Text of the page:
In My Opinion…

January 1, 2007

The Growth of Big Business and Its Affects on America

Filed under: History — Thomas Hagen @ 8:09 am

The American Industrial Revolution and the growth of big business were fueled by innovations in energy, transportation, communications, manufacturing, and business strategies, and had both positive and negative affects on the American way of life.
When Scottish inventor James Watt made his landmark improvements to steam engine technology, he helped launch the Industrial Revolution. Prior to Watt’s innovations, industry was restricted to areas near rivers, which were its primary source of energy. The steam engine allowed industry to move from the riverside to anywhere a building could be built (Porter 2).

As factories moved into cities, people followed them. Urbanization and industrialization directly affected each other’s growth. The rising city population fed the ever-expanding market. The strong market, in turn, stimulated greater production, which created more jobs. This is known as the multiplier affect (Roark 430).

Railroads were America’s first big business and did much to advance industrialization. Between 1870 and 1890, the amount of railroad track laid in America grew almost 200%. By 1900, America had more track than Europe and Russia combined (Roark 445). When America’s first transcontinental railroad was completed in 1869, it allowed people and products to travel across the country faster and cheaper than ever before. Innovations in railroad and bridge construction helped to decrease shipping times, which led to a decline in shipping rates (Stover). As railroad tracks stretched across America, they helped to create a national market (Porter 3).

Jay Gould helped turn railroads into big business. Gould, admittedly, knew nothing about railroads or their operation, but he did know business strategy. When he detected a vulnerable railroad company, he would buy enough of their stock to take control. He would then use those companies to undercut his competitors until they bought him out at an inflated rate. By the time of his death in 1893, he had amassed a fortune of nearly $100 million and was said to be both the smartest, as well as, most hated man in America (Roark 445-7). Americans used the polls to try and regulate large railroad tycoons like Gould by electing state officials interested in reform, but the Supreme Court eventually ruled that railroads crossed state lines and fell outside state jurisdiction. Government commissions proved to be futile, as well. (Roark 461).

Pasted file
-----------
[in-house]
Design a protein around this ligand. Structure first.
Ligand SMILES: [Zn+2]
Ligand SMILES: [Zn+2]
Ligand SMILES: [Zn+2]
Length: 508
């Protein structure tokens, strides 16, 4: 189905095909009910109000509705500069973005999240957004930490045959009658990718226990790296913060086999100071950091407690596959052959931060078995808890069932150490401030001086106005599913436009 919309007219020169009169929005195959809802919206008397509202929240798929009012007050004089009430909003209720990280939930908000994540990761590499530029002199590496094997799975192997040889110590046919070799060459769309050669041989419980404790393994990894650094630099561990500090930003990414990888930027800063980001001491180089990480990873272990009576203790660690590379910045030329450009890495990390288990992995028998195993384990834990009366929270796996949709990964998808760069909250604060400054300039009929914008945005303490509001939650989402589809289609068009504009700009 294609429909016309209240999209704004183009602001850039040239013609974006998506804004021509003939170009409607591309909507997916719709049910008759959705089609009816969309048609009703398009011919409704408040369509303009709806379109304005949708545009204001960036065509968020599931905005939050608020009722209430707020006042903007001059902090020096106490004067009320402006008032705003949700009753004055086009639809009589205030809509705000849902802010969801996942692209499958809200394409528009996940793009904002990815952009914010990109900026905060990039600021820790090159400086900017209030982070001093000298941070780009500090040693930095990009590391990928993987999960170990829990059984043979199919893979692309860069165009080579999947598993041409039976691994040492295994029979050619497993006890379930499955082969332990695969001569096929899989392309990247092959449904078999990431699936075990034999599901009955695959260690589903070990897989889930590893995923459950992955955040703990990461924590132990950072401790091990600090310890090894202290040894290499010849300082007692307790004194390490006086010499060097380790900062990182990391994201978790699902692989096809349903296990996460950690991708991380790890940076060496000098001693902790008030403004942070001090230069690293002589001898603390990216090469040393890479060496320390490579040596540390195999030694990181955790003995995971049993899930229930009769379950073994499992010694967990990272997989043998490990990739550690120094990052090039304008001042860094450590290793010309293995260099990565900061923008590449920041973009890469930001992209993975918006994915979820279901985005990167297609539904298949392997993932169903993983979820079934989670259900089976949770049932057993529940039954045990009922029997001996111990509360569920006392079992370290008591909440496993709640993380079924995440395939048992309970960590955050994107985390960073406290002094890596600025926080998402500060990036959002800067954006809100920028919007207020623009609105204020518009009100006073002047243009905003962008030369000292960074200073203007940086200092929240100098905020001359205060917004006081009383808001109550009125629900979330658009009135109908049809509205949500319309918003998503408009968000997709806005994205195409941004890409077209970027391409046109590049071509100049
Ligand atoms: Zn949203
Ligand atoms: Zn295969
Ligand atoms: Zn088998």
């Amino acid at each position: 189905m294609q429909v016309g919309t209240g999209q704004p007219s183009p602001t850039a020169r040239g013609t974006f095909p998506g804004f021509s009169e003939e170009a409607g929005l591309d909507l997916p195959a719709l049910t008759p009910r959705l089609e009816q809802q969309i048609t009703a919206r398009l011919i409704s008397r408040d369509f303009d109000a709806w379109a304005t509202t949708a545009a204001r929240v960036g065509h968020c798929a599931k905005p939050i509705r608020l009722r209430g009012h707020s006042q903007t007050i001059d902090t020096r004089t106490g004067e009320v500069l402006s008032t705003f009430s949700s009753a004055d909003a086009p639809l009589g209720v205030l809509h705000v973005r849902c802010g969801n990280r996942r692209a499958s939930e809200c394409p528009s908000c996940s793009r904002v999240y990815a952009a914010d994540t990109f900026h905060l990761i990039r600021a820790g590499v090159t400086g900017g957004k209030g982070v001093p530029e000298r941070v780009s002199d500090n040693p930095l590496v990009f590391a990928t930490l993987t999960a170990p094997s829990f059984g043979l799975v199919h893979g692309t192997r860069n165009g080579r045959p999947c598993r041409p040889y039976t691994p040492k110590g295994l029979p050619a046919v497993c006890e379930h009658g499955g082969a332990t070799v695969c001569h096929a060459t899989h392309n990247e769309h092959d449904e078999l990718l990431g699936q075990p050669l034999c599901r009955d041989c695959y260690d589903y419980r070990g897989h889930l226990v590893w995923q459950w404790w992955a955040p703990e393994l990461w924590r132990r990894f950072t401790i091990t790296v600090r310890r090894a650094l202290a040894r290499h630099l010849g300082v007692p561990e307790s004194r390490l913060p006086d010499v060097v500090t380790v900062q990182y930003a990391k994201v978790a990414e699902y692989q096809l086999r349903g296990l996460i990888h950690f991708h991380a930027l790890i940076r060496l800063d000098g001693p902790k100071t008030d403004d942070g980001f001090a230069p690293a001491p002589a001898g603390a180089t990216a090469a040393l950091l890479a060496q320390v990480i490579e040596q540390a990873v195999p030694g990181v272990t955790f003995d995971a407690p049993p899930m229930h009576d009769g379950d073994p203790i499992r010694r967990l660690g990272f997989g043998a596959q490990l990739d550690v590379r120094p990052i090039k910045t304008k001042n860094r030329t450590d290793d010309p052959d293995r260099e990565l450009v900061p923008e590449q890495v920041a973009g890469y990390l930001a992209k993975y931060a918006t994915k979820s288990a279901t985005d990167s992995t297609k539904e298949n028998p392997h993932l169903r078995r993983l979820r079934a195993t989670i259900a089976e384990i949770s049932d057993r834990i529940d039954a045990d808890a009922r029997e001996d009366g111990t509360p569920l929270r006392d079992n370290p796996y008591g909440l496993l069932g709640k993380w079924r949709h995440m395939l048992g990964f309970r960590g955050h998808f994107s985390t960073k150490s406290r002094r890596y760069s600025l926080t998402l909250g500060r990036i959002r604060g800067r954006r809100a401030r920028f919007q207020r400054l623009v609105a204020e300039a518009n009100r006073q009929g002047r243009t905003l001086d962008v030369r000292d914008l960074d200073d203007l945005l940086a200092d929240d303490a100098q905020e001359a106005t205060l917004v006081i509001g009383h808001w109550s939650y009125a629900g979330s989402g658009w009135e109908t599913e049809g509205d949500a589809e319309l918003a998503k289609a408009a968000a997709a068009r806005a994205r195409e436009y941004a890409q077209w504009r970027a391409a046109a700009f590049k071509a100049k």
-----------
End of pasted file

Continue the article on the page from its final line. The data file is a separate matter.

Railroads helped to develop the nation’s second big business—steel. Steel track was much stronger and more flexible than iron track (Roark 447). Advancements in steel production and improved management techniques allowed steel mills to boost their production, which drove the prices down. This aided an already expanding market, as well as expanding the pocketbooks of a few individuals (Porter 4).

Andrew Carnegie was one of those individuals. Carnegie Steel earned $40 million a year through Carnegie’s system of business known as vertical integration (Roark 448). Carnegie bought companies that sold materials and services necessary to the production and marketing of steel, putting all aspects of the business under his command. He then took over all of his competitors by undercutting them until they could no longer turn a profit, then buying them out at a low cost (Woloch 21). Carnegie also pitted plant managers against each other, then fired the losers and rewarded the winners. Employees of Carnegie Steel were forced to work long hours in unsafe conditions for low wages (Roark 448). Carnegie eventually used his wealth for good, giving “more than $350 million to various educational, cultural, and peace institutions” (“Andrew Carnegie”).

The 1859 discovery of oil in Pennsylvania created an instant market for “black gold,” and its most successful businessman was John D. Rockefeller. Rockefeller’s oil refining company—Standard Oil—was the largest in the city of Cleveland, Ohio. Rockefeller required regular refunds from railroad companies or he would not do business with them. He then used those refunds to undercut his oil competitors. His grip was so tight on the railroads that they would not only give him refunds on his own shipping costs, but also give him a share of his competitor’s rates. The refunds grew so large that the railroads eventually began to pay Standard Oil to ship their product. Rockefeller’s competitors could only sell out to him or be wiped out by him (Roark 448).

Rockefeller favored a horizontal approach to business, as opposed to Carnegie’s vertical method (Roark 449). In 1882 he, and his partners, formed the country’s first corporate trust—Standard Oil Trust. The trust put control of many companies in the hands of trustees that held the stock in trust for stockholders. Standard Oil soon controlled 90% of the nation’s oil refineries. When Congress attempted to outlaw trusts, Rockefeller changed tactics and developed a holding company, putting control under a single administration. Standard Oil went on to become the largest business organization on the planet (Roark 449-50).